Typically, this process can take anywhere from a few months to (depending on how much time you take between courses), up to a year-and-a-half. As ZipRecruiter notes, this time period often depends on whether a person has decided to pursue certification versus a broader, more general bachelor’s or associate degree in the medical field.
The good news? Many certification courses are available online with flexible formats!
A big reason to get certified as a medical biller or coder is because you bring a proven skill set to potential employers.
Several types of medical coding certifications are available and obtainable with a few months of study (see below.) Indeed.com suggests that people interested in breaking into the medical coding field consider taking a certification exam after completing a specialized course in medical billing and coding and/or on-the-job experience.
"You may seek your particular certification through the AAPC, AHIMA or other professional organizations," Indeed.com points out. And, of course, you can also pursue a specialization like those noted earlier in outpatient coding, risk adjustment coding and inpatient coding.
Certifications are facilitated by professional organizations and include:
If you do pursue certification, make sure you review the requirements closely, as some require associate degrees, experience in medical billing or coding and/or a certificate (not a certification) of course completion from an accredited university.
One way to learn the foundations of becoming a medical biller or medical coder is to take a self-directed online course in the fundamentals, such as the professional development, non-credit one offered by University of Phoenix. (This is a professional development course separate from any program described above.) Professional Development courses are not part of any accredited program or course at UOPX.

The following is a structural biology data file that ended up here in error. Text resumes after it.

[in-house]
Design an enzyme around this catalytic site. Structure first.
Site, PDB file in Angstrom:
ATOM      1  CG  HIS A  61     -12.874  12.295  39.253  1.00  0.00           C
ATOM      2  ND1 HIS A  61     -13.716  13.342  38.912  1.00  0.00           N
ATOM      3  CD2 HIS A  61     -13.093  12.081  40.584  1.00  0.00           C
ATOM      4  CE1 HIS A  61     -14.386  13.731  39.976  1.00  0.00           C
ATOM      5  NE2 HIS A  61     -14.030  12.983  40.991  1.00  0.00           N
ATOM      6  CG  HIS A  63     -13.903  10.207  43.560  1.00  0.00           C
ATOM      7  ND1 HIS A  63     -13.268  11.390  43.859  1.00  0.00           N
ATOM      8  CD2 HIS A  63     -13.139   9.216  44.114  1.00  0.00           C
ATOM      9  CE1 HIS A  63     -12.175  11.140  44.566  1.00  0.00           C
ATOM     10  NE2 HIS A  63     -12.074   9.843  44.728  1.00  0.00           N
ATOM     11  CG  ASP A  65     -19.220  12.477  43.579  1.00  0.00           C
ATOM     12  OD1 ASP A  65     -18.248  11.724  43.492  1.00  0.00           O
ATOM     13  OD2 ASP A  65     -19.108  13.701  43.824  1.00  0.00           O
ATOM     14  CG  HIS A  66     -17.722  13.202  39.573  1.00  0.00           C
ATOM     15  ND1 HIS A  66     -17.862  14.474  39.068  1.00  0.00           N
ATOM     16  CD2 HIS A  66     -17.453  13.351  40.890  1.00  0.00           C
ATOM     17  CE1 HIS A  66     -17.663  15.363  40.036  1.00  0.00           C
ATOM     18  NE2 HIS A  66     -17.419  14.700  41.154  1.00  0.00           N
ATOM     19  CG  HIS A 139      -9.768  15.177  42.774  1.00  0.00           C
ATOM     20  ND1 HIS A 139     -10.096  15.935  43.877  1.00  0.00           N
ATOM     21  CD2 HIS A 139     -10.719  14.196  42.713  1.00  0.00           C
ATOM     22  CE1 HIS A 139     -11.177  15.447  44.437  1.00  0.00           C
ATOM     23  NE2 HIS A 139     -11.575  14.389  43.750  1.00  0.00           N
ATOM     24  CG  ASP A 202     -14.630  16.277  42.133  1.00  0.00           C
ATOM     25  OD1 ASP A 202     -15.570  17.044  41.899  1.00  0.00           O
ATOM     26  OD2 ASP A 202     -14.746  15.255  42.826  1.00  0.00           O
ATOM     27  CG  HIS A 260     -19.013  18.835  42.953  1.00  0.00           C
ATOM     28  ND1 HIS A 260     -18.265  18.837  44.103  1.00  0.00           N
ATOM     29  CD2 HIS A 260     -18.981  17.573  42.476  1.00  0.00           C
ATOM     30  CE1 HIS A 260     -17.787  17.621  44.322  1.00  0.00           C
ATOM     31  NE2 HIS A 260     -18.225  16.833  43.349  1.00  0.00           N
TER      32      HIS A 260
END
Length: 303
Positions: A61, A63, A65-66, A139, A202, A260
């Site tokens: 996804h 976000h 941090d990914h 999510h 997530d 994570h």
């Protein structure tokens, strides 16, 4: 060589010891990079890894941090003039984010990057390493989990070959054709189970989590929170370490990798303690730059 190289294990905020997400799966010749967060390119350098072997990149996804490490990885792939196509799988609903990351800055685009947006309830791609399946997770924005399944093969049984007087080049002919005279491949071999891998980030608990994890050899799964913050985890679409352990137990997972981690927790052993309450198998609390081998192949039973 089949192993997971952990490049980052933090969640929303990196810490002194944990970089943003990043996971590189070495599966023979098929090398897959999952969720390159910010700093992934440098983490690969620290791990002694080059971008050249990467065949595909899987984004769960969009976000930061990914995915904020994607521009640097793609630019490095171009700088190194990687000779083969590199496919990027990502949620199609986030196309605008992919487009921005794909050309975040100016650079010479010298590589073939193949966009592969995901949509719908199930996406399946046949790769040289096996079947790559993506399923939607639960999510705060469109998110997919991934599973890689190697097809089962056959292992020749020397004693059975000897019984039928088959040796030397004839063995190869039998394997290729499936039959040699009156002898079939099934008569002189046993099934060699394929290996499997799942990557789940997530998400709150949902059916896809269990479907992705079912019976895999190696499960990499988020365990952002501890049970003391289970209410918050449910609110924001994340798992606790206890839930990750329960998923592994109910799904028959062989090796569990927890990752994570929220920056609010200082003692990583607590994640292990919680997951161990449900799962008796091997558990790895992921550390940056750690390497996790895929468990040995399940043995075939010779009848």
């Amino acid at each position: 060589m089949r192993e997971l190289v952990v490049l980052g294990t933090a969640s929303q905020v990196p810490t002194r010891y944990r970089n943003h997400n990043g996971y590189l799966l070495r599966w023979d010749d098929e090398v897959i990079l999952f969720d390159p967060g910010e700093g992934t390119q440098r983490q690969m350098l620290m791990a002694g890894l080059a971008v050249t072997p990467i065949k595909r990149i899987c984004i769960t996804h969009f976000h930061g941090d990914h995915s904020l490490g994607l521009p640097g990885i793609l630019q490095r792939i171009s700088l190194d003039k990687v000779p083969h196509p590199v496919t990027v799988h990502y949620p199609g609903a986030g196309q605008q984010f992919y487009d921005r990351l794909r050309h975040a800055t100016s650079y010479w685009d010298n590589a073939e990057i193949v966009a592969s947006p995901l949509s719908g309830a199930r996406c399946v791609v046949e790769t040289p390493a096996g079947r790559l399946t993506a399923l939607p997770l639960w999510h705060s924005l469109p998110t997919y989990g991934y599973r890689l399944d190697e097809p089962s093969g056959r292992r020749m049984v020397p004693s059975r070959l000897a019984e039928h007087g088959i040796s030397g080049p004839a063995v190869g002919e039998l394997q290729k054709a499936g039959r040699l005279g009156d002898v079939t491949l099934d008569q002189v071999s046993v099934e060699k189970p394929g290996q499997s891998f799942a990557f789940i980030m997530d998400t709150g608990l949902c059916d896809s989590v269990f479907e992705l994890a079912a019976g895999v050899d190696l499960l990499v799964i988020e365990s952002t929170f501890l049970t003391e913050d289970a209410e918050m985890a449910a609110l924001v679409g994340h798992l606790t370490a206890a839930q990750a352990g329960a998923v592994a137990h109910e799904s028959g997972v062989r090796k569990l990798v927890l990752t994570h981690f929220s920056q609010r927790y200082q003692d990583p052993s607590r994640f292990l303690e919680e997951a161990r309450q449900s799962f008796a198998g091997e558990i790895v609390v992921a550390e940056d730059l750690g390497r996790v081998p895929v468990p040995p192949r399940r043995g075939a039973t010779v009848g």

The course, Steiness explains, "is meant for people to learn the basics related to medical coding. You will have access to the content for one year and will be able to study at your own pace. In total, it should take roughly 30 hours to complete."
By offering access for a full year, University of Phoenix enables participants to return to the curriculum if they need to review or refresh their knowledge on a particular subject.
Upon finishing the course with a score of 85% or higher, you will receive a certificate of completion that is not a formal credential but can be added to your digital resumé (like on a LinkedIn profile) so prospective employers can easily see it.
In the University of Phoenix’s professional-development Medical Billing & Coding Fundamentals course, participants learn about how the industry:
As in any other type of self-managed, online course, your work, participation and achievements are tracked throughout the Medical Billing & Coding Fundamentals course, so you’ll know when you're hitting the mark – and when you're not. Your progress will be determined by your ability to demonstrate a skill and apply it immediately; with successful assessment answers you then can move to the next learning module.
Still not sure whether the professional-development Medical Billing & Coding Fundamentals course is right for you? Then ask yourself if you fit into one of the following:
|You’re a…||You’re looking to…||…or you’re looking to…|
|professional||…ensure the medical billing and coding processes within your practice are operating to full potential.||…better understand the revenue stream for your practice or healthcare setting.|
|(new) learner||…learn how coding is used in the industry, such as to bill insurance companies.||…learn how payers are billed and providers are paid.|
If so, this professional development fundamentals course may be right for you. For a course outline, as well as an overview on the fundamentals, you can click here. For more information regarding University of Phoenix Professional Development courses click here.Additional courses at University of PhoenixYou may also be interested in the following University of Phoenix single courses and programs: